The sequencing primers were the same as those for the preceding PCRs. When a mutation was detected, the nucleotide sequence was confirmed on both strands.


We found a constitutional mutation in the WT1 gene in one DNA sample from peripheral blood lymphocytes. Wilms tumor W2 showed a deletion of one base pair at codon 115 CCT in exon 1 (Figure 1(A)), designated 359delC according to the Reference Sequence (RefSeq) of GenBank (accession number M80217). This mutation causes a reading frame shift after codon 115 and premature chain termination at codon 217.

W2 also showed a homozygous point mutation at codon 323 in exon 7 (Figure 2(B)), 71A > G (GenBank M80229). This is a silent mutation, without a change in the amino acid Arg. The remaining samples also showed this silent mutation, 71A > G in exon 7 (Figure 2(A)), however in heterozygous form.

Except for W2, the DNA samples from peripheral blood lymphocytes and paraffin-embedded tumor specimens tested negative for both constitutional mutations and somatic mutations in the exon regions. There were nucleotide alterations in the intron regions in almost all samples (Table 2). However, splicing status was not af-

Table 1. Primers for the amplification of WT1 exons.

Figure 1. Partial sequencing chromatograms of Wilms tumor W2 show a base pair deletion 359delC in exon 1 (A). W7 does not show this deletion (B). Red triangles indicate the positions of mutations.

Figure 2. Partial sequencing chromatograms of Wilms tumor W3 show a heterozygous 71A > G point mutation in exon 7 (A). W2 shows a homozygous 71A > G point mutation (B) in reverse direction. Red triangles indicate the positions of mutations.

Table 2. Nucleotide alterations in the intron regions of WT1 gene.

fected. These alterations may be attributed to ethnic effects as they were also observed in the DNA from a healthy individual (data not shown).


According to statistics compiled by the Childhood Cancer Foundation, about 10 new cases of Wilms tumor are reported in Taiwan every year. This accounts for 3.4% of total childhood malignancies ( Breslow et al. have shown that 1% - 3% of cases of Wilms tumor are familial and that a predisposition to Wilms tumor is most likely caused by rare germline mutations acting in a dominant fashion [13]. Constitutional mutations in the WT1 gene on chromosome 11p13 predispose an individual to Wilms tumor and are associated with genitourinary abnormalities [4]. Several genetic syndromes (e.g., Denys-Drash syndrome) have been correlated with intragenic WT1 mutations [12]. In contrast to other WT1 mutations, these mutations are dominant and mainly found in the zinc finger region encoded by exon 7 through exon 10 of WT1 [5].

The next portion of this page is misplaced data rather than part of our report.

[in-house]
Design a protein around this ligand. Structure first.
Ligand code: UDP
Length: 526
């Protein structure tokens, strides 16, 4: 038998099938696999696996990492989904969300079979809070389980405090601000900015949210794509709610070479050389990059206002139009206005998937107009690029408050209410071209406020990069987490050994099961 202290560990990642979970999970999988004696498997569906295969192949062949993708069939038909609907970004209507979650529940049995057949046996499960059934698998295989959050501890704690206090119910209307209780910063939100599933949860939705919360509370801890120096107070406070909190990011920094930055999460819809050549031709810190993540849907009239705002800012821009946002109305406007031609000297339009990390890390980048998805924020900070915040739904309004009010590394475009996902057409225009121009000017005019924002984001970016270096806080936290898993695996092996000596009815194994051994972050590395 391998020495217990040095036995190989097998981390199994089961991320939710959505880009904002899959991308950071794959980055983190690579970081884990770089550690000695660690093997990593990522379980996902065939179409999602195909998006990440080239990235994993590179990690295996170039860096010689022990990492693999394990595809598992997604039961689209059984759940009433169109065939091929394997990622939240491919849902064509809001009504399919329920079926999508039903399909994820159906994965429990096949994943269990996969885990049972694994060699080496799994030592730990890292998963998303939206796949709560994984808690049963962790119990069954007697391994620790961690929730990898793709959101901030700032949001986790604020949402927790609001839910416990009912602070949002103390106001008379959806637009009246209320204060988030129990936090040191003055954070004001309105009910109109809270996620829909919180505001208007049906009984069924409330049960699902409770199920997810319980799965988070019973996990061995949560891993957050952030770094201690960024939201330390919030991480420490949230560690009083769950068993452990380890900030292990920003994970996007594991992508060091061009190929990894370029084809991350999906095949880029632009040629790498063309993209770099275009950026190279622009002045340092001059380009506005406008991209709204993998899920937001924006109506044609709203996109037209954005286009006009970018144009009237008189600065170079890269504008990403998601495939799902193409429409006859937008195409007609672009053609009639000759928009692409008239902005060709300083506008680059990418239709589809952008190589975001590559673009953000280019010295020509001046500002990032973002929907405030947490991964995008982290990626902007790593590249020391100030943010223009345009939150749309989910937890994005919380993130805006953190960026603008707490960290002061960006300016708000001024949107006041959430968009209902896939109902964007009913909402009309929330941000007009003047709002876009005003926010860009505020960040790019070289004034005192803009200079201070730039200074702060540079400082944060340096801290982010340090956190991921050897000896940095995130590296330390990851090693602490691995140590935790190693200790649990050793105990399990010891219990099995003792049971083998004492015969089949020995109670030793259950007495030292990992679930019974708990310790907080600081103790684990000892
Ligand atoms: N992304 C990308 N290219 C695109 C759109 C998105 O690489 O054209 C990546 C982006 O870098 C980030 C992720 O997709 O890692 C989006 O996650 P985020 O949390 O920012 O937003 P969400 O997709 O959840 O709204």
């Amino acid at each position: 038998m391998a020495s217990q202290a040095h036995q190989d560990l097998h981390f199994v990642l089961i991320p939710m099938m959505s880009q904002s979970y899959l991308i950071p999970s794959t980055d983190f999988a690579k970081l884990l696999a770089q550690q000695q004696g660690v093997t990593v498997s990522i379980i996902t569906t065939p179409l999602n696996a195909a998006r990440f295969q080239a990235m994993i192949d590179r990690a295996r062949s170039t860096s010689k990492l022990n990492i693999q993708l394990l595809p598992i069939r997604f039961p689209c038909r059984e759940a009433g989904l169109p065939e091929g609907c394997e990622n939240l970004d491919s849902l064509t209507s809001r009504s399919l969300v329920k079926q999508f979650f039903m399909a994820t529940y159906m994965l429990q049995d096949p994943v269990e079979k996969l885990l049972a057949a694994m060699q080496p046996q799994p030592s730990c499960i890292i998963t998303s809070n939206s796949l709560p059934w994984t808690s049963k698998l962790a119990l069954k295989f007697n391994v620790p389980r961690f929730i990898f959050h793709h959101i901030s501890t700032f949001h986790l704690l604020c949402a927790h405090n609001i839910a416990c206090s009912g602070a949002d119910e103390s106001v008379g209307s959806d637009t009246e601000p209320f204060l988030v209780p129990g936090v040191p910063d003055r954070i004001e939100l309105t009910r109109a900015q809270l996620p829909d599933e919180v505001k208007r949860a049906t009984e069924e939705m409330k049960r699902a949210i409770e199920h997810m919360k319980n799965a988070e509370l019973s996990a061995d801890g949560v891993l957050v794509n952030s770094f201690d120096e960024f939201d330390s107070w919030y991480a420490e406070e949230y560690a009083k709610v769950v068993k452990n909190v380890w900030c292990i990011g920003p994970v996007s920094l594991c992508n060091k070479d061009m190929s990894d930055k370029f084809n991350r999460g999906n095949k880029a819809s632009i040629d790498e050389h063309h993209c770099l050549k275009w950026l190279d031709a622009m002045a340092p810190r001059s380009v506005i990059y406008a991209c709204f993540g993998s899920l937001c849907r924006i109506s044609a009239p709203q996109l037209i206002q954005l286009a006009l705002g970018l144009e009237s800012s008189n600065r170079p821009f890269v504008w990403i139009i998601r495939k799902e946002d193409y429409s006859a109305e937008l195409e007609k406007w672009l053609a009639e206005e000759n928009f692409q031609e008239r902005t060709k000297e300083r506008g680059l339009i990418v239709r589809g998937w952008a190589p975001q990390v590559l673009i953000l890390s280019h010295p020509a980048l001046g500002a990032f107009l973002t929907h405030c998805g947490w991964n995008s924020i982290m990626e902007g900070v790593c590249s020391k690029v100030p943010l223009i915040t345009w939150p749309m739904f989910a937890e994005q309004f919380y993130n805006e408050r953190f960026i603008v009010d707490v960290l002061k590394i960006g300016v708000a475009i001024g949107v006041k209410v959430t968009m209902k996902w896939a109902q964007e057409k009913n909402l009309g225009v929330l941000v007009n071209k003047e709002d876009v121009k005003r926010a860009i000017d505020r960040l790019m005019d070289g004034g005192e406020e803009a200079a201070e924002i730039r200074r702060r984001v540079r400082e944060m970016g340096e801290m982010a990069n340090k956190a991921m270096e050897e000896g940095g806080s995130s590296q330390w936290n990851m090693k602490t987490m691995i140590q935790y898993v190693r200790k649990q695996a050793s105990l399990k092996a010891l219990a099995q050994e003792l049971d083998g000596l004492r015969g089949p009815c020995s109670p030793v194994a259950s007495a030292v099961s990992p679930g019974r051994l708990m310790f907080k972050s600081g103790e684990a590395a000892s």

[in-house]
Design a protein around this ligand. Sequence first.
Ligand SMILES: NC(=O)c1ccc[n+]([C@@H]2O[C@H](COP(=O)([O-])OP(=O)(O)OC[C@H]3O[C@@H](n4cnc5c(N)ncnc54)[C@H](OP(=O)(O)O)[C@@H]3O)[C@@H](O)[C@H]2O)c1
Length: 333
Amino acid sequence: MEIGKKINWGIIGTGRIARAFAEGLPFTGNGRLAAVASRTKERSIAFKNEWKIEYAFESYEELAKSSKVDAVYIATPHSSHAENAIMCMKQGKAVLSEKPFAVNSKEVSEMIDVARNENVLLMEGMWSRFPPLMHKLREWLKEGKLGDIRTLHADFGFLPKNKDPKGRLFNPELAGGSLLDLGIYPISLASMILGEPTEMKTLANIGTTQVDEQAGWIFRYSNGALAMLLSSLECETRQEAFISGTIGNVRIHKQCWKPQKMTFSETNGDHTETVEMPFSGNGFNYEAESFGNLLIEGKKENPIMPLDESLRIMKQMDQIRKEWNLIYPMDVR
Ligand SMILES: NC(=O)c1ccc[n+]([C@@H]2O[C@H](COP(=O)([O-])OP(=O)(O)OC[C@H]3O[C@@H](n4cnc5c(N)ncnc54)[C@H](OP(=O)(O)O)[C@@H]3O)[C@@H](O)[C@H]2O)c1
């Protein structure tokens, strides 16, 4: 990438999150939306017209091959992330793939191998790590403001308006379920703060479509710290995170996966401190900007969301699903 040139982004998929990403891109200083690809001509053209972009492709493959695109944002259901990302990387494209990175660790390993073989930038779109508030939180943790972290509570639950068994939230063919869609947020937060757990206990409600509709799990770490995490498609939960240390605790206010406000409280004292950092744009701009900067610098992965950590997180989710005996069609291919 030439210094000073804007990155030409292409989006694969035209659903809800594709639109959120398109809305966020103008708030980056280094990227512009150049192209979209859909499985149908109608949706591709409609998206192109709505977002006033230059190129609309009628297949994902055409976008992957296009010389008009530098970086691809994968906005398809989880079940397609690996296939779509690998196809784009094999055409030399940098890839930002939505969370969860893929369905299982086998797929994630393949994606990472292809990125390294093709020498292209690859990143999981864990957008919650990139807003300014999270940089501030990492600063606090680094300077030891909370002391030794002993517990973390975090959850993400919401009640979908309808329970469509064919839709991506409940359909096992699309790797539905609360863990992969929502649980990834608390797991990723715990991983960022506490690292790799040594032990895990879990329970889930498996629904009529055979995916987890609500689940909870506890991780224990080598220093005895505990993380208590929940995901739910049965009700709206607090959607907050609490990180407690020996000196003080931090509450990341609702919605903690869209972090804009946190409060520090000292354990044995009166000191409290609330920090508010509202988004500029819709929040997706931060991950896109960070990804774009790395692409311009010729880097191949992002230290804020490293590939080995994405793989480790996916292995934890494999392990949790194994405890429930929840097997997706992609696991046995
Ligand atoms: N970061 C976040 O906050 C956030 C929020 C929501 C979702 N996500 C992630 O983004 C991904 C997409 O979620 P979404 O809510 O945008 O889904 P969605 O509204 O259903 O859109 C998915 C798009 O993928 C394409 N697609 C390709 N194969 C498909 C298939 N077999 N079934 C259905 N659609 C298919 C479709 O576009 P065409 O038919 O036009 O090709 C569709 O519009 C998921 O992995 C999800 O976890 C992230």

None of the patients in this study were diagnosed with Denys-Drash syndrome or Beckwith-Wiedemann syndrome. In addition, none presented with familial Wilms tumor. Evidence of WT1 inactivating mutations was apparent in only one of the 11 cases on mutational analysis, suggesting that direct alterations of the WT1 gene are present in only a very small fraction of Wilms tumor patients in Taiwan. This result is consistent with the findings of a previous study [14]. Less than 10 percent of sporadic Wilms tumors are associated with WT1 mutations. Thus, mutations at other Wilms tumor loci may play an important role in Wilms tumor development.

The WT1 gene is located at chromosome 11p13 [6,7]. It was discovered as a part of the WAGR syndrome (Wilms tumor, Aniridia, Genitourinary anomaly, and mental Retardation). Those who present with this syndrome have germline deletion on chromosome 11p13 [5]. This gene has 10 exons and encodes a protein called WT1 which has tumor suppression function [15]. High expression of this protein on developing kidney results in suppression of growth-related gene [16]. Tumor suppression gene is usually involved in a two-hit mechanism [17]. In our study, there was only one case with one mutant allele from blood sample. This may be explained by WT1 product acting as dimeric or multimeric protein [18]. When one allele produces an abnormal product, it presents as negative dominant event with loss of function. When there is mutation on only one allele, there are normal polypeptides with preserved function. The phenotype of Denys-Drash syndrome involves mutations in the zinc finger domain [19], so does that of Frasier syndrome [20], neither of which was observed in this study.

In conclusion, our data showed a low frequency of constitutional and somatic WT1 mutations in children with nonsyndromatic Wilms tumor. This is the first study to detect WT1 mutation in children with Wilms tumor in Taiwan.


Direct sequencing in an ABI Model 377 automated DNA sequencer was performed in the Instrument Center of Chung Shan Medical University, which is supported by the National Science Council, Ministry of Education and Chung Shan Medical University. The authors would like to thank the Gene Codes Corporation for providing evaluation license of Sequencher® version 5.2 sequence analysis software ( to analyze the DNA sequencing data.


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*Corresponding author.